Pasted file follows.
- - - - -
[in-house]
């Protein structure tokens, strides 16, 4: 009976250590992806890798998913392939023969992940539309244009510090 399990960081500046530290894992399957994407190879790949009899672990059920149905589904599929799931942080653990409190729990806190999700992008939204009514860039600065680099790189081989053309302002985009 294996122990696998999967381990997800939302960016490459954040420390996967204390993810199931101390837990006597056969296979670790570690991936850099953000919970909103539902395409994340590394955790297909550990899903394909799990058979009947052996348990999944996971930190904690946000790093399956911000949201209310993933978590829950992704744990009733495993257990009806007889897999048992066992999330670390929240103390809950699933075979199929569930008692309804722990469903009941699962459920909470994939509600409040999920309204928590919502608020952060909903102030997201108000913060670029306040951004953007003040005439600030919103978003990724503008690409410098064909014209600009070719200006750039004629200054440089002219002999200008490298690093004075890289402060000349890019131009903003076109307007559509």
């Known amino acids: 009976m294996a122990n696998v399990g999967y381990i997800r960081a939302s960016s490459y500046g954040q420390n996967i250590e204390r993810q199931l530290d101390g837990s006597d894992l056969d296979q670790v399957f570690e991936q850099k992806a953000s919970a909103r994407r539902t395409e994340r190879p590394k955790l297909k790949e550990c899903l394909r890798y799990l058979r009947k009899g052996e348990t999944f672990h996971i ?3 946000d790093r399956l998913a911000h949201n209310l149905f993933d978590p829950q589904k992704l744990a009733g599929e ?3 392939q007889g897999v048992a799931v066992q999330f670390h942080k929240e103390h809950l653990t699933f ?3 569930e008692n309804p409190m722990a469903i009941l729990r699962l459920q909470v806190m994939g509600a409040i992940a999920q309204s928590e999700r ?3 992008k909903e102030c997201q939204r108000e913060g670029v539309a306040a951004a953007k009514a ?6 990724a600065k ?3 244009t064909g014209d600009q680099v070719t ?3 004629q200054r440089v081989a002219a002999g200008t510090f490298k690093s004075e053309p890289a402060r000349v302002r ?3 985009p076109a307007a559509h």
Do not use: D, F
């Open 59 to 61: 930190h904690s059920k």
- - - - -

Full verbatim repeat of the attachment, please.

[in-house]
């Protein structure tokens, strides 16, 4: 009976250590992806890798998913392939023969992940539309244009510090 399990960081500046530290894992399957994407190879790949009899672990059920149905589904599929799931942080653990409190729990806190999700992008939204009514860039600065680099790189081989053309302002985009 294996122990696998999967381990997800939302960016490459954040420390996967204390993810199931101390837990006597056969296979670790570690991936850099953000919970909103539902395409994340590394955790297909550990899903394909799990058979009947052996348990999944996971930190904690946000790093399956911000949201209310993933978590829950992704744990009733495993257990009806007889897999048992066992999330670390929240103390809950699933075979199929569930008692309804722990469903009941699962459920909470994939509600409040999920309204928590919502608020952060909903102030997201108000913060670029306040951004953007003040005439600030919103978003990724503008690409410098064909014209600009070719200006750039004629200054440089002219002999200008490298690093004075890289402060000349890019131009903003076109307007559509």
């Known amino acids: 009976m294996a122990n696998v399990g999967y381990i997800r960081a939302s960016s490459y500046g954040q420390n996967i250590e204390r993810q199931l530290d101390g837990s006597d894992l056969d296979q670790v399957f570690e991936q850099k992806a953000s919970a909103r994407r539902t395409e994340r190879p590394k955790l297909k790949e550990c899903l394909r890798y799990l058979r009947k009899g052996e348990t999944f672990h996971i ?3 946000d790093r399956l998913a911000h949201n209310l149905f993933d978590p829950q589904k992704l744990a009733g599929e ?3 392939q007889g897999v048992a799931v066992q999330f670390h942080k929240e103390h809950l653990t699933f ?3 569930e008692n309804p409190m722990a469903i009941l729990r699962l459920q909470v806190m994939g509600a409040i992940a999920q309204s928590e999700r ?3 992008k909903e102030c997201q939204r108000e913060g670029v539309a306040a951004a953007k009514a ?6 990724a600065k ?3 244009t064909g014209d600009q680099v070719t ?3 004629q200054r440089v081989a002219a002999g200008t510090f490298k690093s004075e053309p890289a402060r000349v302002r ?3 985009p076109a307007a559509h």
Do not use: D, F
């Open 59 to 61: 930190h904690s059920k």